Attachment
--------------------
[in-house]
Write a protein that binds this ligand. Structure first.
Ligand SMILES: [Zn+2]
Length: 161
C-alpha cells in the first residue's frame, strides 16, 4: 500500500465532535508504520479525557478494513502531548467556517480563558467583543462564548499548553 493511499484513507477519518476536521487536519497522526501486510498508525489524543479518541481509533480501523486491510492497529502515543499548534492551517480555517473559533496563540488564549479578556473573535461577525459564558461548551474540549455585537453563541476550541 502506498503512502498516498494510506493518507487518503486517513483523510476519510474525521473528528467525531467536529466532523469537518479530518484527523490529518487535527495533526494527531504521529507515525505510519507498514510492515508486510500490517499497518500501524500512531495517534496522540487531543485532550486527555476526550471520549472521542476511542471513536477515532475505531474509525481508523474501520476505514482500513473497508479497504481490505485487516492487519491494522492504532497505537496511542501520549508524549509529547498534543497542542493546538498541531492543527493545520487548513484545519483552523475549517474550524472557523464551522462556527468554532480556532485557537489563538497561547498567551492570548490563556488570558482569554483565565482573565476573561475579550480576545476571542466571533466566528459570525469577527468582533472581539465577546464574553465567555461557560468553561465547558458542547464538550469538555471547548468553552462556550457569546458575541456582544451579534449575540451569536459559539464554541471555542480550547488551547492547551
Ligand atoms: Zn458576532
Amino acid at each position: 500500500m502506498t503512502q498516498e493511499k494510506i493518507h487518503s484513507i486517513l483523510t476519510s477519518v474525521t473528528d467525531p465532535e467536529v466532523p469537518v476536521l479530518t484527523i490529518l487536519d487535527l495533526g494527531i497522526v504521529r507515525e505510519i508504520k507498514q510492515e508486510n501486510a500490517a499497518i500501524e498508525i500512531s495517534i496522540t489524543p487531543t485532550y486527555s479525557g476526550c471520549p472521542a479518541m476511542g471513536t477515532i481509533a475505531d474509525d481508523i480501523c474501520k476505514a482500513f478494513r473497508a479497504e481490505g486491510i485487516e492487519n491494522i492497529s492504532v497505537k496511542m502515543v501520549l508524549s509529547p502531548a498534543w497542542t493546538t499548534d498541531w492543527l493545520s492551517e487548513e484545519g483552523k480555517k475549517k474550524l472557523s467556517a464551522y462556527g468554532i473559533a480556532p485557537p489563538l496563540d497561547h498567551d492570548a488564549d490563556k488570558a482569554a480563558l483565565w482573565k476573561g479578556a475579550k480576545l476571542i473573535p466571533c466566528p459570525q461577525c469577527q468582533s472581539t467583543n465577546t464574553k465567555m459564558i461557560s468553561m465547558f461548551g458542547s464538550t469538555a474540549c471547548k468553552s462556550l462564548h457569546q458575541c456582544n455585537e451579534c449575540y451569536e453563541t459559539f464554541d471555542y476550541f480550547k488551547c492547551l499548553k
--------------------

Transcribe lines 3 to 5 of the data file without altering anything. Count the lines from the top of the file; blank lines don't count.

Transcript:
Ligand SMILES: [Zn+2]
Length: 161
C-alpha cells in the first residue's frame, strides 16, 4: 500500500465532535508504520479525557478494513502531548467556517480563558467583543462564548499548553 493511499484513507477519518476536521487536519497522526501486510498508525489524543479518541481509533480501523486491510492497529502515543499548534492551517480555517473559533496563540488564549479578556473573535461577525459564558461548551474540549455585537453563541476550541 502506498503512502498516498494510506493518507487518503486517513483523510476519510474525521473528528467525531467536529466532523469537518479530518484527523490529518487535527495533526494527531504521529507515525505510519507498514510492515508486510500490517499497518500501524500512531495517534496522540487531543485532550486527555476526550471520549472521542476511542471513536477515532475505531474509525481508523474501520476505514482500513473497508479497504481490505485487516492487519491494522492504532497505537496511542501520549508524549509529547498534543497542542493546538498541531492543527493545520487548513484545519483552523475549517474550524472557523464551522462556527468554532480556532485557537489563538497561547498567551492570548490563556488570558482569554483565565482573565476573561475579550480576545476571542466571533466566528459570525469577527468582533472581539465577546464574553465567555461557560468553561465547558458542547464538550469538555471547548468553552462556550457569546458575541456582544451579534449575540451569536459559539464554541471555542480550547488551547492547551